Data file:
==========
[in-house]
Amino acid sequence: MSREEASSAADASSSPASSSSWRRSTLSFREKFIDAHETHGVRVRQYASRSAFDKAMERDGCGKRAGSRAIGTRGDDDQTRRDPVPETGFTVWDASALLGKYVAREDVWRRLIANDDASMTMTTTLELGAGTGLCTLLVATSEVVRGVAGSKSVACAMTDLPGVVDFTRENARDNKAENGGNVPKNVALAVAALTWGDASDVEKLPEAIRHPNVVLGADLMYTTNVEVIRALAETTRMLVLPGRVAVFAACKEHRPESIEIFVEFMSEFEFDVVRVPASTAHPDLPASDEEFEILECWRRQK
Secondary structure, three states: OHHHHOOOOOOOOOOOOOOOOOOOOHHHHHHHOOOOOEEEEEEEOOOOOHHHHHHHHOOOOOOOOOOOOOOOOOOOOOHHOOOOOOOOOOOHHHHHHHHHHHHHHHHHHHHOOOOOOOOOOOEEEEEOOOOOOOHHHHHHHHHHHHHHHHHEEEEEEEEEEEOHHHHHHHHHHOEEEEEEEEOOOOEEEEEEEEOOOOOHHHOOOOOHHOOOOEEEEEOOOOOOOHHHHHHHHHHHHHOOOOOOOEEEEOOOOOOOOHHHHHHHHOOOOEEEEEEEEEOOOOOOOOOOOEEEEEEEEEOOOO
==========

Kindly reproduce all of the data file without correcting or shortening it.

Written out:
[in-house]
Amino acid sequence: MSREEASSAADASSSPASSSSWRRSTLSFREKFIDAHETHGVRVRQYASRSAFDKAMERDGCGKRAGSRAIGTRGDDDQTRRDPVPETGFTVWDASALLGKYVAREDVWRRLIANDDASMTMTTTLELGAGTGLCTLLVATSEVVRGVAGSKSVACAMTDLPGVVDFTRENARDNKAENGGNVPKNVALAVAALTWGDASDVEKLPEAIRHPNVVLGADLMYTTNVEVIRALAETTRMLVLPGRVAVFAACKEHRPESIEIFVEFMSEFEFDVVRVPASTAHPDLPASDEEFEILECWRRQK
Secondary structure, three states: OHHHHOOOOOOOOOOOOOOOOOOOOHHHHHHHOOOOOEEEEEEEOOOOOHHHHHHHHOOOOOOOOOOOOOOOOOOOOOHHOOOOOOOOOOOHHHHHHHHHHHHHHHHHHHHOOOOOOOOOOOEEEEEOOOOOOOHHHHHHHHHHHHHHHHHEEEEEEEEEEEOHHHHHHHHHHOEEEEEEEEOOOOEEEEEEEEOOOOOHHHOOOOOHHOOOOEEEEEOOOOOOOHHHHHHHHHHHHHOOOOOOOEEEEOOOOOOOOHHHHHHHHOOOOEEEEEEEEEOOOOOOOOOOOEEEEEEEEEOOOO